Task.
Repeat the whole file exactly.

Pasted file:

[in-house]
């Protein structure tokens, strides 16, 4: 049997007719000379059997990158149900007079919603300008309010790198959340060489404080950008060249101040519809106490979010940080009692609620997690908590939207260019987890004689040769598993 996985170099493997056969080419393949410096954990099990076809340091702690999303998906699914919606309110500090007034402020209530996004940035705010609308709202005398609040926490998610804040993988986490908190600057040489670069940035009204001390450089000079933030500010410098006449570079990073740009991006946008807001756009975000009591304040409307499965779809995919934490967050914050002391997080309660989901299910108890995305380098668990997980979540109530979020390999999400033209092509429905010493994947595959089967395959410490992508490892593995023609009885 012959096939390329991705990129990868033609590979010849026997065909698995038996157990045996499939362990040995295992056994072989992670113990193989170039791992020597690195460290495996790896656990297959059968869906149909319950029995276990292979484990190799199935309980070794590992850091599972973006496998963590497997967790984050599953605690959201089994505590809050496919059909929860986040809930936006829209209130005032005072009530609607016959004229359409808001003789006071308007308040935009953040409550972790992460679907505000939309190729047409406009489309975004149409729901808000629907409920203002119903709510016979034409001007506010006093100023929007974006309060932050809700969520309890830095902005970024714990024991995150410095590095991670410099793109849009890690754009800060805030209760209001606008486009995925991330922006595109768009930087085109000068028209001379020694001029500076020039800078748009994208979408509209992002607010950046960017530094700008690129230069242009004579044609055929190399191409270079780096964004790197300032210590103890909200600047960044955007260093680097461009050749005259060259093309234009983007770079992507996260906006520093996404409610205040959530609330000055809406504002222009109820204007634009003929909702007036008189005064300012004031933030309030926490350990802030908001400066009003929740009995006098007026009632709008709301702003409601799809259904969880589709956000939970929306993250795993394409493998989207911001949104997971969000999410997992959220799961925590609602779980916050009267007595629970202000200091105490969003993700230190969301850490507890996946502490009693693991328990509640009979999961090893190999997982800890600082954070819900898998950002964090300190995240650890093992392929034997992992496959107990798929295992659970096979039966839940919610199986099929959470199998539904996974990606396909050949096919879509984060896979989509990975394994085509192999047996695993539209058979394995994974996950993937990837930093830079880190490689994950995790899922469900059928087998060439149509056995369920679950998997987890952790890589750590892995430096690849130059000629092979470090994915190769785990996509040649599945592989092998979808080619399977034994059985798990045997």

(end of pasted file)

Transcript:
[in-house]
């Protein structure tokens, strides 16, 4: 049997007719000379059997990158149900007079919603300008309010790198959340060489404080950008060249101040519809106490979010940080009692609620997690908590939207260019987890004689040769598993 996985170099493997056969080419393949410096954990099990076809340091702690999303998906699914919606309110500090007034402020209530996004940035705010609308709202005398609040926490998610804040993988986490908190600057040489670069940035009204001390450089000079933030500010410098006449570079990073740009991006946008807001756009975000009591304040409307499965779809995919934490967050914050002391997080309660989901299910108890995305380098668990997980979540109530979020390999999400033209092509429905010493994947595959089967395959410490992508490892593995023609009885 012959096939390329991705990129990868033609590979010849026997065909698995038996157990045996499939362990040995295992056994072989992670113990193989170039791992020597690195460290495996790896656990297959059968869906149909319950029995276990292979484990190799199935309980070794590992850091599972973006496998963590497997967790984050599953605690959201089994505590809050496919059909929860986040809930936006829209209130005032005072009530609607016959004229359409808001003789006071308007308040935009953040409550972790992460679907505000939309190729047409406009489309975004149409729901808000629907409920203002119903709510016979034409001007506010006093100023929007974006309060932050809700969520309890830095902005970024714990024991995150410095590095991670410099793109849009890690754009800060805030209760209001606008486009995925991330922006595109768009930087085109000068028209001379020694001029500076020039800078748009994208979408509209992002607010950046960017530094700008690129230069242009004579044609055929190399191409270079780096964004790197300032210590103890909200600047960044955007260093680097461009050749005259060259093309234009983007770079992507996260906006520093996404409610205040959530609330000055809406504002222009109820204007634009003929909702007036008189005064300012004031933030309030926490350990802030908001400066009003929740009995006098007026009632709008709301702003409601799809259904969880589709956000939970929306993250795993394409493998989207911001949104997971969000999410997992959220799961925590609602779980916050009267007595629970202000200091105490969003993700230190969301850490507890996946502490009693693991328990509640009979999961090893190999997982800890600082954070819900898998950002964090300190995240650890093992392929034997992992496959107990798929295992659970096979039966839940919610199986099929959470199998539904996974990606396909050949096919879509984060896979989509990975394994085509192999047996695993539209058979394995994974996950993937990837930093830079880190490689994950995790899922469900059928087998060439149509056995369920679950998997987890952790890589750590892995430096690849130059000629092979470090994915190769785990996509040649599945592989092998979808080619399977034994059985798990045997």